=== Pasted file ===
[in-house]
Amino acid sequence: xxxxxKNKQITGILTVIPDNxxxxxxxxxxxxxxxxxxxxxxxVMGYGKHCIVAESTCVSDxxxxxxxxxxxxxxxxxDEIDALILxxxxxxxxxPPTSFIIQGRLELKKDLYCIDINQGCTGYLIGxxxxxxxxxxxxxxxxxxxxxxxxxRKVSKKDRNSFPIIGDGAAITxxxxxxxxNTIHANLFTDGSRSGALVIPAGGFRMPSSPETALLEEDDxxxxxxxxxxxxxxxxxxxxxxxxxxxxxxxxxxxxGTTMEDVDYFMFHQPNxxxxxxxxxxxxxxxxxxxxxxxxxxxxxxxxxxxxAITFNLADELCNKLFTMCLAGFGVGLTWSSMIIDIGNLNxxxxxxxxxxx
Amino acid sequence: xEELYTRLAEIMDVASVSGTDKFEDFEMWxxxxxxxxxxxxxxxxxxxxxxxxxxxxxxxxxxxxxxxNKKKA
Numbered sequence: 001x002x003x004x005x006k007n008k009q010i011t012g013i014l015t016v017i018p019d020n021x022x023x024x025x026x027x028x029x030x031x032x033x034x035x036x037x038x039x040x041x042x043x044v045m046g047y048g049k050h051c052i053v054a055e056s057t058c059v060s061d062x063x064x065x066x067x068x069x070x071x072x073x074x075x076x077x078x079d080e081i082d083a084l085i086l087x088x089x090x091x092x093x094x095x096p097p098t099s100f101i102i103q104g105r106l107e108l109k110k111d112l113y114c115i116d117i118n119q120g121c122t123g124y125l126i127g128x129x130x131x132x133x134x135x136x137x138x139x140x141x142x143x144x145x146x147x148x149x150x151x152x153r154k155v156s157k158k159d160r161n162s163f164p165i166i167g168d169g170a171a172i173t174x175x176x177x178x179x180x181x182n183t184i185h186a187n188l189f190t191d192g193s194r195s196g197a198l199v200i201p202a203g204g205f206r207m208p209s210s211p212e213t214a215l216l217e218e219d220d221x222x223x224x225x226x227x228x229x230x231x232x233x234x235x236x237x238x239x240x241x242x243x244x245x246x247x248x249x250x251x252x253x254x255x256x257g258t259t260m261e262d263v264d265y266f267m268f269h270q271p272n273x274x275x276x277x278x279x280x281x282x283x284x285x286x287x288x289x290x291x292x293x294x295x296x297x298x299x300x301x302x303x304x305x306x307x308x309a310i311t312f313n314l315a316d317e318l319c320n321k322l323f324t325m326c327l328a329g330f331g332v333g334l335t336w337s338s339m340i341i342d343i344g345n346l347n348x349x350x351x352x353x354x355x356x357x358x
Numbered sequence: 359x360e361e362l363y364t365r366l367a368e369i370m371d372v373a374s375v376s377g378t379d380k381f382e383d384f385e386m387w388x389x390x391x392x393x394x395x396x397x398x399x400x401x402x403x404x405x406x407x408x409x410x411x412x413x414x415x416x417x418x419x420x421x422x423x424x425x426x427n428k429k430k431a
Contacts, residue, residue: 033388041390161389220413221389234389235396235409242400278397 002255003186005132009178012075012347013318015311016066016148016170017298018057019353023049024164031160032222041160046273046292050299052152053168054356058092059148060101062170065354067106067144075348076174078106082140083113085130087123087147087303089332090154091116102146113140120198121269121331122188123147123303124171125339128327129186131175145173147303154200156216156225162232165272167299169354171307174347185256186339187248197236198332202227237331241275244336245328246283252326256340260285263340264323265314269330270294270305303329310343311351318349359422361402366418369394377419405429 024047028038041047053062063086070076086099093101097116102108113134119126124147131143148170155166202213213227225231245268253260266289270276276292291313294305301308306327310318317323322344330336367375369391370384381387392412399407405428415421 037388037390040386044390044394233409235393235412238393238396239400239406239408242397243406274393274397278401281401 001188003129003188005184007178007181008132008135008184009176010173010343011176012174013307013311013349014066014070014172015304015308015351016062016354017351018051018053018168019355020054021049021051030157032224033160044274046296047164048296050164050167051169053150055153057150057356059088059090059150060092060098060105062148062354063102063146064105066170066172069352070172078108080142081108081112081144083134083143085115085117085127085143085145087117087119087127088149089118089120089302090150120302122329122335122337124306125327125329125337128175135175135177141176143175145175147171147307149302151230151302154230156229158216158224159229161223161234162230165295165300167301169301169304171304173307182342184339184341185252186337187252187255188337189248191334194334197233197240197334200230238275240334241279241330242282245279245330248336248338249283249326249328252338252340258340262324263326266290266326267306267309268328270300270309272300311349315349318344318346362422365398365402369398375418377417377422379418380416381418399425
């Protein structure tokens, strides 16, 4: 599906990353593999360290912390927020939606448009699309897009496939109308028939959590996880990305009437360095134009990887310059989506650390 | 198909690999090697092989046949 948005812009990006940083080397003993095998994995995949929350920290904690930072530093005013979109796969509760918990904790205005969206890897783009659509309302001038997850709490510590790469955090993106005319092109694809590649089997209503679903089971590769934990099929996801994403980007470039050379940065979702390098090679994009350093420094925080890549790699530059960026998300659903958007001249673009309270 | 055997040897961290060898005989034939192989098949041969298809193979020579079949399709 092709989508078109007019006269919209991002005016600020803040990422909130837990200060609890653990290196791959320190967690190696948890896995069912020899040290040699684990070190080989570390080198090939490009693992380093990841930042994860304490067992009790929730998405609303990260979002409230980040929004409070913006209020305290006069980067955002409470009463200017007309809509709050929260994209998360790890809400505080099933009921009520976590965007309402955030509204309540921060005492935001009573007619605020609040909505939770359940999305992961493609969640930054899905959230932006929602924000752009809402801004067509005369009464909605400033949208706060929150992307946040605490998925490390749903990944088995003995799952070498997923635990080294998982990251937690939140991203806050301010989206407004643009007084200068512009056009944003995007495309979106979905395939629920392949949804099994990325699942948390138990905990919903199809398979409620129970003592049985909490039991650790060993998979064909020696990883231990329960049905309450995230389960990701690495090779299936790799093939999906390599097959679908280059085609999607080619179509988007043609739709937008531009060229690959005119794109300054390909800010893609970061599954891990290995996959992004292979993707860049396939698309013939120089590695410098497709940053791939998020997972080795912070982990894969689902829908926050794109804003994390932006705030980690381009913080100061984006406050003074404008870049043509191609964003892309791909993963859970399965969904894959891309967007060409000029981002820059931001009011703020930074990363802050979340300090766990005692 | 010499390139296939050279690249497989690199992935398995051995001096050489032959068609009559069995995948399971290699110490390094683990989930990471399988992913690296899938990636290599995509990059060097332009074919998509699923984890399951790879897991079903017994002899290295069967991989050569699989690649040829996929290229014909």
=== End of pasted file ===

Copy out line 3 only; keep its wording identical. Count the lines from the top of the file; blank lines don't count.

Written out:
Amino acid sequence: xEELYTRLAEIMDVASVSGTDKFEDFEMWxxxxxxxxxxxxxxxxxxxxxxxxxxxxxxxxxxxxxxxNKKKA